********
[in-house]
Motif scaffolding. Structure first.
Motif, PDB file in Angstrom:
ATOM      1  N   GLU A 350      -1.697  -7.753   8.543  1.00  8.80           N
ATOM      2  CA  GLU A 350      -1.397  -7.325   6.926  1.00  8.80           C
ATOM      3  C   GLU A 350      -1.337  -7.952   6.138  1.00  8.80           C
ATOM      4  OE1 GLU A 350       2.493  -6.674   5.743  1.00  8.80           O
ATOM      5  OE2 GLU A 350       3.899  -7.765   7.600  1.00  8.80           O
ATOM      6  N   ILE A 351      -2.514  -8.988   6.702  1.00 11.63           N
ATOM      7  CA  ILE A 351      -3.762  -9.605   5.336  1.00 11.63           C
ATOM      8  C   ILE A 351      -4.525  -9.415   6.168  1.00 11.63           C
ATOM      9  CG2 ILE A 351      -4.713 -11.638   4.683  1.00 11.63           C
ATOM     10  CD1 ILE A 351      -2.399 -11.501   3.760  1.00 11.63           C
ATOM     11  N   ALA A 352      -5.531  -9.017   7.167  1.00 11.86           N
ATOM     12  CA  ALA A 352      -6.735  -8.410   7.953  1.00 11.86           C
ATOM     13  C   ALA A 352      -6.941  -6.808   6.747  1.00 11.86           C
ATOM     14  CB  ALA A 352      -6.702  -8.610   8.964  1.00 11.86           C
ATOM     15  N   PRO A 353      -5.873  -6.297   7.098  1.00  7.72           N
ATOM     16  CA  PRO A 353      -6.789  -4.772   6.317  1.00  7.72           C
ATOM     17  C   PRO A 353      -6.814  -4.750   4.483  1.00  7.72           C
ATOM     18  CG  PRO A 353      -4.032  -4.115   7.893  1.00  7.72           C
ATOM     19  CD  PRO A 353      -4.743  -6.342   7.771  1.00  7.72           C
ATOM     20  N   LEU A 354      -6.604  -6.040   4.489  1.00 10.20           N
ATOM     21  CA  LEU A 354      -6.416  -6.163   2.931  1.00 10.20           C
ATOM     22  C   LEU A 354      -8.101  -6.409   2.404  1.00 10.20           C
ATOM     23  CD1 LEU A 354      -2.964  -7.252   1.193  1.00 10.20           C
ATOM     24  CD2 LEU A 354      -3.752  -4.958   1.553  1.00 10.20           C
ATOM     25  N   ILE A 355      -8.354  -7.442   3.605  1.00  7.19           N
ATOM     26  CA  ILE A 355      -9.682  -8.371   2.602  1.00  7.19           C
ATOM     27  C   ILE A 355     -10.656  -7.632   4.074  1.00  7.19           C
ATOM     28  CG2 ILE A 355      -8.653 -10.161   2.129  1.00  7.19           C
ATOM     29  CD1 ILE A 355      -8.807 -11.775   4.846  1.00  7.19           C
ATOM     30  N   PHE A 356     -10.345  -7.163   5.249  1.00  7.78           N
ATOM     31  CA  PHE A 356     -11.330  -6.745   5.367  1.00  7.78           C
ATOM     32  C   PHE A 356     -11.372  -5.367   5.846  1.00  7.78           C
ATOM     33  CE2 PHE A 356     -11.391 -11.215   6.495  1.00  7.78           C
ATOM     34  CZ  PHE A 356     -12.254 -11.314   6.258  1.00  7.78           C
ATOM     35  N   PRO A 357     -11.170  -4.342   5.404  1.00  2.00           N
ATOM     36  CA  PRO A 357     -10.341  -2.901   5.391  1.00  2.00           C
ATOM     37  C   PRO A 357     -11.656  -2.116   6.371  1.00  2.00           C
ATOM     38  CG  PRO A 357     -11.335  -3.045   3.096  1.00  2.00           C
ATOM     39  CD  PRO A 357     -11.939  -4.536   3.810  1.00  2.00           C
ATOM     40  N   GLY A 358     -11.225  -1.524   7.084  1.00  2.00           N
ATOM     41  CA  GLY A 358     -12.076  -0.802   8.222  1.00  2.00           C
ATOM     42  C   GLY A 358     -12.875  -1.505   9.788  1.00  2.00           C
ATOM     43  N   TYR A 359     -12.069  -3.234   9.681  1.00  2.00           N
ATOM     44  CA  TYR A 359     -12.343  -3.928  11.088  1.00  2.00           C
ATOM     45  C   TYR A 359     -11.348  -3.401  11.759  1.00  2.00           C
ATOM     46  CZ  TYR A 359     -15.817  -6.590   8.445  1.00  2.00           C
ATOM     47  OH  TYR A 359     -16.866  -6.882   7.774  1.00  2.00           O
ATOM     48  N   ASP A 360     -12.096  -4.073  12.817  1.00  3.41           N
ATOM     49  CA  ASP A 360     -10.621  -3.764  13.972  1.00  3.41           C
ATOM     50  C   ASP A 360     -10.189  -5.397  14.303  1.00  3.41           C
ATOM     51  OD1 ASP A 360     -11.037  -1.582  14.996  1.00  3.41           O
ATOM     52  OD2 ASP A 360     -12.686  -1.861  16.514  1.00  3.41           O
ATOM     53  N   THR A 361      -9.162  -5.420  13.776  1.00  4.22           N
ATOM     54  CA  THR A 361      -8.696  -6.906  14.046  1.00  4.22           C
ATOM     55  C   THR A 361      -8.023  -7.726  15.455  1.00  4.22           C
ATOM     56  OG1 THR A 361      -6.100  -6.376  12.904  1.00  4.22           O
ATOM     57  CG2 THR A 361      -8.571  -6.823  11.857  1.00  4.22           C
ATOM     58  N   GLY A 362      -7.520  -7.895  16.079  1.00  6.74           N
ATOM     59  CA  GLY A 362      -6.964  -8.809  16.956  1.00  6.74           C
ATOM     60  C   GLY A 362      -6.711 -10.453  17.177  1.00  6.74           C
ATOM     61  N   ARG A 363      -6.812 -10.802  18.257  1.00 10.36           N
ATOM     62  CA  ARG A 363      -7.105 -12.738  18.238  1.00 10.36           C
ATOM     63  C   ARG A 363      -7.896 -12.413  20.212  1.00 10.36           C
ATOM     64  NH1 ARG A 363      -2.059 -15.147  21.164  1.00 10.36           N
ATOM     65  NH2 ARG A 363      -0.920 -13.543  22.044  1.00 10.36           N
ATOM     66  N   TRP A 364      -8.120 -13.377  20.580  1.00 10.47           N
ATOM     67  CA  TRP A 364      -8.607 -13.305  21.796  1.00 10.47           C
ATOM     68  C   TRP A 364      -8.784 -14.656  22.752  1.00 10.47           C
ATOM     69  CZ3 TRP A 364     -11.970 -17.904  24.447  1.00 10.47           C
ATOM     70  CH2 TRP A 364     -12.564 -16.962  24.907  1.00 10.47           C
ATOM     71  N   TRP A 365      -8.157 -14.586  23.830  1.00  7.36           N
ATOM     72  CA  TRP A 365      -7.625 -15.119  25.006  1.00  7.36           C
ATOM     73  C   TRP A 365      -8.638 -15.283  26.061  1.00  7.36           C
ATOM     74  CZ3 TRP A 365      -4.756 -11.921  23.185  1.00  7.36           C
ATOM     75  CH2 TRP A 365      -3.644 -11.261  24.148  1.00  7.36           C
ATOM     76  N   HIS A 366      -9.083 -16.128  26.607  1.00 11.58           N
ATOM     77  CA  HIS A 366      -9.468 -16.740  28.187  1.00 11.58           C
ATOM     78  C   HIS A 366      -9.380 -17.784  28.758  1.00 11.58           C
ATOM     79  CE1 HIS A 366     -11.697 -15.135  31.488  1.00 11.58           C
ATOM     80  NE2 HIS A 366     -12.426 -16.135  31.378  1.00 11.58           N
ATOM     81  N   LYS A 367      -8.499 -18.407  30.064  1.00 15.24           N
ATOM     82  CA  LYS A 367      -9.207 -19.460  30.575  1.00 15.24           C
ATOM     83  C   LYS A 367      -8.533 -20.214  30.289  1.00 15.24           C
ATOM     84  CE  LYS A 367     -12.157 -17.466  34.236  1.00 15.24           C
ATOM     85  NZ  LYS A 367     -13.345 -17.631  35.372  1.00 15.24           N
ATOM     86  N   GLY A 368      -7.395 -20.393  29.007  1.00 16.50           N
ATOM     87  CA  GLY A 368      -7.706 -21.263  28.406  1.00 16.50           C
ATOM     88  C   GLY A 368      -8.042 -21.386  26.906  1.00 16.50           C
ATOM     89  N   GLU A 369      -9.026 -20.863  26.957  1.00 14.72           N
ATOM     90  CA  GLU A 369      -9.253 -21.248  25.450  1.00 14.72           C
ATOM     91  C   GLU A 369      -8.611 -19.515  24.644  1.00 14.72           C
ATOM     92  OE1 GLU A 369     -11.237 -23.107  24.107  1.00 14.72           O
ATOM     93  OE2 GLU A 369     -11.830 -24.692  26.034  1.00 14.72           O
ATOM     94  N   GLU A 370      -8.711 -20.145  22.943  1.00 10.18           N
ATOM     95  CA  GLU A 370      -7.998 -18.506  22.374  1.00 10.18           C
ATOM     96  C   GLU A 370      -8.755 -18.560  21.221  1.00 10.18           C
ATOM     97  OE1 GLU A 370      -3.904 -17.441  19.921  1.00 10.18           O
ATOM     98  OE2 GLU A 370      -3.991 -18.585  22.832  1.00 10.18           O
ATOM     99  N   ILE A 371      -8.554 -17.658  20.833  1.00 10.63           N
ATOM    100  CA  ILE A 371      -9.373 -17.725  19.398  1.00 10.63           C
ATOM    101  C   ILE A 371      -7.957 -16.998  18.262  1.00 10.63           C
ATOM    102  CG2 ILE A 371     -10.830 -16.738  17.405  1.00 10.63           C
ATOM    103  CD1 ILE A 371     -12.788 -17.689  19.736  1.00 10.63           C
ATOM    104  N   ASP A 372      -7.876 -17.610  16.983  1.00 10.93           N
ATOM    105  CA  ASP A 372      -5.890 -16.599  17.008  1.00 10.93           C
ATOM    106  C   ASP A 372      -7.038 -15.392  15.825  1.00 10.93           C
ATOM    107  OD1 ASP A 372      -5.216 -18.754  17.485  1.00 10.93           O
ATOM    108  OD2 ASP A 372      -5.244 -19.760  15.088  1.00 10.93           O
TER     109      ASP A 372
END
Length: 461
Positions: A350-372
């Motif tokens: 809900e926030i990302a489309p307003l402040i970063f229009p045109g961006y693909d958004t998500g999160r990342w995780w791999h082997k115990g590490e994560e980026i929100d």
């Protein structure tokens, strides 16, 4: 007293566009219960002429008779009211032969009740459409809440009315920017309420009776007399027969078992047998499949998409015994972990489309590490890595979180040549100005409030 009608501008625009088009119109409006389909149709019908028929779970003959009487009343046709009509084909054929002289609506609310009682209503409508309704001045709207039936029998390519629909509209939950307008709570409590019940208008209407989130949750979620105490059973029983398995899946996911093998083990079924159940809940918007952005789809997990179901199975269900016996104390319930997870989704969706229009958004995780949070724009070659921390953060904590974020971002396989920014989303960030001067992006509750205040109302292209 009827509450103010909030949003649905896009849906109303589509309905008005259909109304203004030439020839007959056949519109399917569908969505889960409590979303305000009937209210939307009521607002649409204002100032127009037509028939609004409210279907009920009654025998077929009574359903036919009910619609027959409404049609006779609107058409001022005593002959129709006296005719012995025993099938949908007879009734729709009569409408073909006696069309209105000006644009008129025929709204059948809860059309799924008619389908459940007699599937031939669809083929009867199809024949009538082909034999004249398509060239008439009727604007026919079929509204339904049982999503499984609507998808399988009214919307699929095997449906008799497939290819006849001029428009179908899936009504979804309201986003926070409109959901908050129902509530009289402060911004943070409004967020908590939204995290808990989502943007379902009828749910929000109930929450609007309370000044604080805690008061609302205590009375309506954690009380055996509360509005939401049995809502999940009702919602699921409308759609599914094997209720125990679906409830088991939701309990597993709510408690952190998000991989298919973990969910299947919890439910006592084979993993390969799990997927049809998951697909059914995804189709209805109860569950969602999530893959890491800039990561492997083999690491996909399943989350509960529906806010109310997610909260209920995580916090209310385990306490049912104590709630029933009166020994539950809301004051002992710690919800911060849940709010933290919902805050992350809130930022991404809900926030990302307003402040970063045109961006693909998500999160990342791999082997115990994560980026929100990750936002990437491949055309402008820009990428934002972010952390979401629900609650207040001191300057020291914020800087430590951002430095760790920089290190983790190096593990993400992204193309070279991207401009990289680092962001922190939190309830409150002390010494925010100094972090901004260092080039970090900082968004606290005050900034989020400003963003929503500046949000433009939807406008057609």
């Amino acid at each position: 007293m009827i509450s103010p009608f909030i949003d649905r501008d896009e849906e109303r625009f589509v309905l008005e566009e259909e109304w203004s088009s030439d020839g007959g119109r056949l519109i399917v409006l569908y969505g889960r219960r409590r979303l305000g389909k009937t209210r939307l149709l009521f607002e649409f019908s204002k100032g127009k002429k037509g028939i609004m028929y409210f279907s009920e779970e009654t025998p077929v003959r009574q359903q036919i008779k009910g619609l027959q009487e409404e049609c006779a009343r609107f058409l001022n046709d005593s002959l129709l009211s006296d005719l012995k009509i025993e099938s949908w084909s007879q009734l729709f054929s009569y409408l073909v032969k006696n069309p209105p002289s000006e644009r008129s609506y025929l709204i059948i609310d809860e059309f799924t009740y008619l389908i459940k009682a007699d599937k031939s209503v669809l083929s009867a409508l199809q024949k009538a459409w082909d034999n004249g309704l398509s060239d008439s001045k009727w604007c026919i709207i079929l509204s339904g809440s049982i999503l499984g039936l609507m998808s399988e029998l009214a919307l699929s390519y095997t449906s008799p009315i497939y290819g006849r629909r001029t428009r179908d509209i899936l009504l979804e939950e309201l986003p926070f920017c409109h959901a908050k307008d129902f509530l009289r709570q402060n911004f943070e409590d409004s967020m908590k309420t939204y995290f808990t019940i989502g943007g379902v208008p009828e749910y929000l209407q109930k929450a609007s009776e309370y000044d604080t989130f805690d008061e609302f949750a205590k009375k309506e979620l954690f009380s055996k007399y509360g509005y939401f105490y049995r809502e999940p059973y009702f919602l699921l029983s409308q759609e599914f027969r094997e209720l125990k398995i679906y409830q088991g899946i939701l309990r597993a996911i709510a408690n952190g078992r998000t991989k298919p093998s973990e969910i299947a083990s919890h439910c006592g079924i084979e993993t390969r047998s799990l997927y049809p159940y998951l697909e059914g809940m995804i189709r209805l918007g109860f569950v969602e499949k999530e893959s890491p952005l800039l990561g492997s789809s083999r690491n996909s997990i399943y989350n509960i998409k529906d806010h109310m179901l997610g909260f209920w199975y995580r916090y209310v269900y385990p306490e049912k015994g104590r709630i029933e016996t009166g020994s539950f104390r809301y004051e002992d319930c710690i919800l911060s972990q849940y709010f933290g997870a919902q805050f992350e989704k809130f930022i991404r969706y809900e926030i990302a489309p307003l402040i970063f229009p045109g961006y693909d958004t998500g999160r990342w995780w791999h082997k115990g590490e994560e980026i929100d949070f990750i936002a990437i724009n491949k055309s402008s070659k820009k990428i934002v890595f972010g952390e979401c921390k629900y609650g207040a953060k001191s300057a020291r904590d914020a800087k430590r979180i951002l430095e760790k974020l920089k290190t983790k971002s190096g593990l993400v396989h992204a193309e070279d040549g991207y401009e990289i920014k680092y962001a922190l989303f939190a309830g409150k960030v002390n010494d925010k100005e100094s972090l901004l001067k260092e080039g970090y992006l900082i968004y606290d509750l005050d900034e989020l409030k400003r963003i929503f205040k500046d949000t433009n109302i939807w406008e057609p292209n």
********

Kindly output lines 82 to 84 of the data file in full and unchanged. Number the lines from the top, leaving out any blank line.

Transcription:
ATOM     79  CE1 HIS A 366     -11.697 -15.135  31.488  1.00 11.58           C
ATOM     80  NE2 HIS A 366     -12.426 -16.135  31.378  1.00 11.58           N
ATOM     81  N   LYS A 367      -8.499 -18.407  30.064  1.00 15.24           N